Rates On 30 Year Mortgages Fall Near Record Low

U.S. mortgage rates fell in the latest week, trekking closer to a record low set last month. Interest rates on U.S. 30-year fixed-rate mortgages fell to 4.82 percent for the week ending May 21, down from the previous week’s 4.86 percent, according to a survey released on Thursday by home funding company Freddie Mac. [FRE  0.78    -0.02  (-2.5%)   ]

Three weeks earlier, the 30-year fixed-rate mortgage equaled the record low of 4.78 percent set in the week ending April 2, which was the lowest since Freddie Mac started the Primary Mortgage Market Survey in 1971.

“Long-term fixed-rate mortgage rates have remained below 5.0 percent for the past 10 weeks as the U.S. Treasury and Federal Reserve act to keep interest rates low through security purchases,” Frank Nothaft, Freddie Mac vice president and chief economist, said in a statement.

The U.S. government has embarked on an aggressive plan to bring mortgage rates down to levels that will spur demand and help the hard-hit housing market begin to recover.

Thirty-year mortgage rates had mostly been on a downward trend since the Fed — the U.S. central bank—unveiled a plan in late November to buy mortgage-backed debt .

The Federal Reserve has set a goal to buy up to $1.25 trillion of agency MBS, $300 billion of Treasuries and $200 billion of agency debt in 2009. The purchases are part of efforts to lower borrowing costs.

Leif Thomsen, CEO of Mortgage Master, in Walpole, Massachusetts, said his main message to people looking to get a mortgage is to be patient. “It boils down to simple supply and demand – there are hundreds of thousands of people applying and only so many people to field the requests so nothing is moving quickly,” he said.

“We have seen encouraging signs of the purchase market coming back, but we have to remember that as long as we continue to see people losing their jobs, the housing market cannot completely recover,” he said.

The battered U.S. housing market, which is in the midst of its worst downturn since the Great Depression, is both the source of and a major casualty of the credit crisis.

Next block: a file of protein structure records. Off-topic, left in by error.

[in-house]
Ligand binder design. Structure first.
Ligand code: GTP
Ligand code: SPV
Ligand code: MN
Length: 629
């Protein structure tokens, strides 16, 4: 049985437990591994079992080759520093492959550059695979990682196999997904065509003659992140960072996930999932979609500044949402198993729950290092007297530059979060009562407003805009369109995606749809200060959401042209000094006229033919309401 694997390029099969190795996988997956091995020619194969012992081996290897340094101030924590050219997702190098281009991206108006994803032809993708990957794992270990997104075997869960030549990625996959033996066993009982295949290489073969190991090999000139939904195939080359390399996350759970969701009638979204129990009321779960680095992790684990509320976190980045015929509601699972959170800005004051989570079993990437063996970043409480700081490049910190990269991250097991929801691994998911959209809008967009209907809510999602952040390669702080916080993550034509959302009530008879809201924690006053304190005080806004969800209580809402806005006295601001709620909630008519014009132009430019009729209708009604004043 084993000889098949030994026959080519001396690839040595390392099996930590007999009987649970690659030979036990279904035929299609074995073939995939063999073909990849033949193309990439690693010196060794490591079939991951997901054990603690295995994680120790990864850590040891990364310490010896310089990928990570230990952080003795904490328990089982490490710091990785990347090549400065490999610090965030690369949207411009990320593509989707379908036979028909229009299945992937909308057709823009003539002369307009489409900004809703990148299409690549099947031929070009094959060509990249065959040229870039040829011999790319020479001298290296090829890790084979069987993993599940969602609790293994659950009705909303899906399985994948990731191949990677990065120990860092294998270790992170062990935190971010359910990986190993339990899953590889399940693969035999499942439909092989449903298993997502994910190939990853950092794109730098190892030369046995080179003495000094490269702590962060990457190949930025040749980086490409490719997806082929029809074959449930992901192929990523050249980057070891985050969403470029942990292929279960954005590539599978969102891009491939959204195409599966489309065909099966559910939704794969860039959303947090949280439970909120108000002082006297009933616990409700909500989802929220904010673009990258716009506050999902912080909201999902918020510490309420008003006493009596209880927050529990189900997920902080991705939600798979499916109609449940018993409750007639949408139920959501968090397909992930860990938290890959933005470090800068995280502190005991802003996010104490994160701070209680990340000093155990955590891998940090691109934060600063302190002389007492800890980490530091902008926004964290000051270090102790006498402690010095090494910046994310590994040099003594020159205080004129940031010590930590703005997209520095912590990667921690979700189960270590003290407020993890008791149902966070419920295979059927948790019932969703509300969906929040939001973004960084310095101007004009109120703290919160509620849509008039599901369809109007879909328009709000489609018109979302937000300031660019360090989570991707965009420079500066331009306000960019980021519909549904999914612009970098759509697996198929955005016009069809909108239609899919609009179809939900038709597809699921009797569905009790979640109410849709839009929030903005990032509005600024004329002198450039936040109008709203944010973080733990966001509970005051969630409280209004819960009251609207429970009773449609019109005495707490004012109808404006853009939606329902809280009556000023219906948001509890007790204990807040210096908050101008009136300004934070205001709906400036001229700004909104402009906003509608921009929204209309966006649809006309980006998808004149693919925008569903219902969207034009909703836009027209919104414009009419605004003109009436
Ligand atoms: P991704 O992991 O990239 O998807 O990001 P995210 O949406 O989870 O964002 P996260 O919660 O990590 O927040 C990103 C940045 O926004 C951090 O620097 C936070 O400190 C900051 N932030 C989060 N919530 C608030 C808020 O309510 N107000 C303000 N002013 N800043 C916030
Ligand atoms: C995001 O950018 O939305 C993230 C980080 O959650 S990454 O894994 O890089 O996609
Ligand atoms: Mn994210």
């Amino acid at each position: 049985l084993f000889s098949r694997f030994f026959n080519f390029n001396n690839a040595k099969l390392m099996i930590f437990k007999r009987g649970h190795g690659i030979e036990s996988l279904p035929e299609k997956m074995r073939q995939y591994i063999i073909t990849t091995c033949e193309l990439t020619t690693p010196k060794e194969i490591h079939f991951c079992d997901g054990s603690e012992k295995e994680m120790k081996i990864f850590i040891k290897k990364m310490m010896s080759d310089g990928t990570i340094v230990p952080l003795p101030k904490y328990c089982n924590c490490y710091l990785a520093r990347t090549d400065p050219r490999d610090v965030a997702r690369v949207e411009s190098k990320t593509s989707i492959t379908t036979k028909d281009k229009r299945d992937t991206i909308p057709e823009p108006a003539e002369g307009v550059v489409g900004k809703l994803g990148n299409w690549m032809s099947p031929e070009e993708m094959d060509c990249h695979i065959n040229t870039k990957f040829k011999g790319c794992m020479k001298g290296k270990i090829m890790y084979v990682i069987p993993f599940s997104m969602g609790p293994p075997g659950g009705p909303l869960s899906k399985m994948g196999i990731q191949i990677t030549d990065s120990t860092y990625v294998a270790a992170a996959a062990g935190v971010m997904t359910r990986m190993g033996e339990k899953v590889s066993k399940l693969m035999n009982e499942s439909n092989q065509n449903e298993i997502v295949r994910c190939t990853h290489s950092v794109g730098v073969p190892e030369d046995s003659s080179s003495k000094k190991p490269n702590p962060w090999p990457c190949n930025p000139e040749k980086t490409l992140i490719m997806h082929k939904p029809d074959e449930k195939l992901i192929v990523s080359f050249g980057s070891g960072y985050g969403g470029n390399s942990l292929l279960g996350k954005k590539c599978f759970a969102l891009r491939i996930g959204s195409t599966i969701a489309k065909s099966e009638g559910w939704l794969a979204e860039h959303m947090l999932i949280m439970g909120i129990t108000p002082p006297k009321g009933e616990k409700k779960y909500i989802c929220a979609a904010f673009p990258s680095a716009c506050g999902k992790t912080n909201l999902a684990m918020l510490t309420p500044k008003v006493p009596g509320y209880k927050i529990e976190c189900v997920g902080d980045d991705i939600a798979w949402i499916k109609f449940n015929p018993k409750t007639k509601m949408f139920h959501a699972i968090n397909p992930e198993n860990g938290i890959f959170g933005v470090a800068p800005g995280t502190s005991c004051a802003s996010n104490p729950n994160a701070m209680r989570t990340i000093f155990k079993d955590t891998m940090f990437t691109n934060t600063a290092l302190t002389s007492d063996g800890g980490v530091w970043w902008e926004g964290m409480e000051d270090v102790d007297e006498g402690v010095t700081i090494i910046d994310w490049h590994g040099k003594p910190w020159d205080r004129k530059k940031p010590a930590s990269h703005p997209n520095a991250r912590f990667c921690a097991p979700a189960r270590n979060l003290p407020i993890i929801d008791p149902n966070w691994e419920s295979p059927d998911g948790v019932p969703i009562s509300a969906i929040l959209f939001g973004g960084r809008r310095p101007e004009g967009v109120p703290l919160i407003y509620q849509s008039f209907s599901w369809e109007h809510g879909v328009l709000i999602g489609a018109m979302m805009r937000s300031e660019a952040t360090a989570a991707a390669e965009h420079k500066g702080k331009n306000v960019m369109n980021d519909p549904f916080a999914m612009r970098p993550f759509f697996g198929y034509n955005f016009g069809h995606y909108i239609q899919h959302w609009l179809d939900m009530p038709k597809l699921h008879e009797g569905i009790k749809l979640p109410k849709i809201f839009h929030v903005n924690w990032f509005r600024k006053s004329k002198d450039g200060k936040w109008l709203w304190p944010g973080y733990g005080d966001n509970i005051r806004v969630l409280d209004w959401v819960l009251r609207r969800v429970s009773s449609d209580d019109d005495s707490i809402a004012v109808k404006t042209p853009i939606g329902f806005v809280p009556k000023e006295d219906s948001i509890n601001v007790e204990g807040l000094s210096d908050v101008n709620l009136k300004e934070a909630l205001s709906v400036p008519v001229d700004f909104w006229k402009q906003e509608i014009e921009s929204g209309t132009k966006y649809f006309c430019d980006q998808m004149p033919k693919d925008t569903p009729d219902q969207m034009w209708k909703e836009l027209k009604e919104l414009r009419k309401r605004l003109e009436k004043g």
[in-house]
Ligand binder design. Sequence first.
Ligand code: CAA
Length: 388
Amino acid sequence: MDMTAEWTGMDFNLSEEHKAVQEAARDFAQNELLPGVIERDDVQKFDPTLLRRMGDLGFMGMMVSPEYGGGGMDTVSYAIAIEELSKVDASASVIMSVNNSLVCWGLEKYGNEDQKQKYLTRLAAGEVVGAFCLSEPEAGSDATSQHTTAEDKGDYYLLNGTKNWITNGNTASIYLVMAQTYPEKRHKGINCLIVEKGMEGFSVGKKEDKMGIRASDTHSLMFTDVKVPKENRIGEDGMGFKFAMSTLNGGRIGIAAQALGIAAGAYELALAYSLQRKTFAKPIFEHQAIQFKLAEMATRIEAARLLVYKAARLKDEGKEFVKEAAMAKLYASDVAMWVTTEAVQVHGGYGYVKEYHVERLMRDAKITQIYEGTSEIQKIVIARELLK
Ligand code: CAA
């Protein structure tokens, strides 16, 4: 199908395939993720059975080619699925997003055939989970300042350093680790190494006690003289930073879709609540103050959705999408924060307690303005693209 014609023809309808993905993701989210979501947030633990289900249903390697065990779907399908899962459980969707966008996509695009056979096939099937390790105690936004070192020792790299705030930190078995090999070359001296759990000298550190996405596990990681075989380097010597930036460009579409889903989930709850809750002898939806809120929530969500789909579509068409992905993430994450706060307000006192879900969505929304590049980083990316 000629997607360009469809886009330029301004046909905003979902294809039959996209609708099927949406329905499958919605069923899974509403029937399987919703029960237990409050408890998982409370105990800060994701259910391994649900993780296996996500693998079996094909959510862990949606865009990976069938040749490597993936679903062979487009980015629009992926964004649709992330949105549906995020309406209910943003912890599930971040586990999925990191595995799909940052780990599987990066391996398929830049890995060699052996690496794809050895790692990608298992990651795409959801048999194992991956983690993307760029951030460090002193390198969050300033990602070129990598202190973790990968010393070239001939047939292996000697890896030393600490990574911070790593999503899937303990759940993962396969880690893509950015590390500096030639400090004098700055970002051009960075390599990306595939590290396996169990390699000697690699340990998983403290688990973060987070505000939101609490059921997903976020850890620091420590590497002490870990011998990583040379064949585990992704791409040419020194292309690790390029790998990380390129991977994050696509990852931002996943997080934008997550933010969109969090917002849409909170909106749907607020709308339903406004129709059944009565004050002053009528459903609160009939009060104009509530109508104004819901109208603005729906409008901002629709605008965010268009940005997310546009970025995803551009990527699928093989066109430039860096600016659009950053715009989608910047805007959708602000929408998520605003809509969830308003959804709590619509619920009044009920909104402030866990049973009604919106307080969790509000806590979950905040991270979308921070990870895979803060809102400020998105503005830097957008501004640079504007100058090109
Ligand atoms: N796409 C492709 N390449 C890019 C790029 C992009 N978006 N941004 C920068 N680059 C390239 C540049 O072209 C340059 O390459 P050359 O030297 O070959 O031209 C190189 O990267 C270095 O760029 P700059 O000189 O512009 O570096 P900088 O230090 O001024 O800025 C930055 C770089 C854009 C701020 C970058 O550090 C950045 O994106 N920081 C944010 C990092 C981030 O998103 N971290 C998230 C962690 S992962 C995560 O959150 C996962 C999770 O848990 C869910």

A recovery for the market could portend a turnaround for the United States, the world’s largest economy.

Low interest rates on mortgages are pivotal for the U.S. housing market this spring, the peak home buying season. And low mortgage rates have and should continue to spur demand for home refinancing loans.

Lower monthly payments provide a bit of relief to strapped consumers amid rising unemployment and a shrinking economy. The low rates so far have had little to no impact on demand for loans to purchase homes.

But the Fed hopes lower interest rates on mortgages will change that.

Other Rates Mixed

Freddie Mac said the 15-year fixed-rate mortgage averaged 4.50 percent in the latest week, down from 4.52 percent the prior week.

One-year adjustable-rate mortgages, or ARMs, rose to an average of 4.82 percent from 4.71 percent last week.

Freddie Mac said the “5/1” ARM, set at a fixed rate for five years and adjustable each following year, averaged 4.79 percent, compared with 4.82 percent a week earlier.

A year ago, 30-year mortgage rates averaged 5.98 percent, 15-year mortgages were at 5.55 percent and the one-year ARM was at 5.24 percent. A year ago, the 5/1 ARM averaged 5.61 percent.

Lenders charged an average of 0.7 percent in fees and points on 30-year mortgages, up from 0.6 percent the previous week, while they charged an average 0.7 percent in fees and points on 15-year mortgages, up from 0.6 percent the previous week.

The 5/1 ARM fees and points were 0.6 percent, unchanged from the previous week. The one-year ARM fees and points were 0.6 percent, unchanged from the previous week.

Freddie Mac and its larger sibling, Fannie Mae, [FNM  0.76    -0.01  (-1.3%)   ] were placed under government conservatorship in early September.

Freddie Mac is a mortgage finance company chartered by Congress to buy mortgages from lenders and package them into securities to sell to investors or to hold in its own portfolio.

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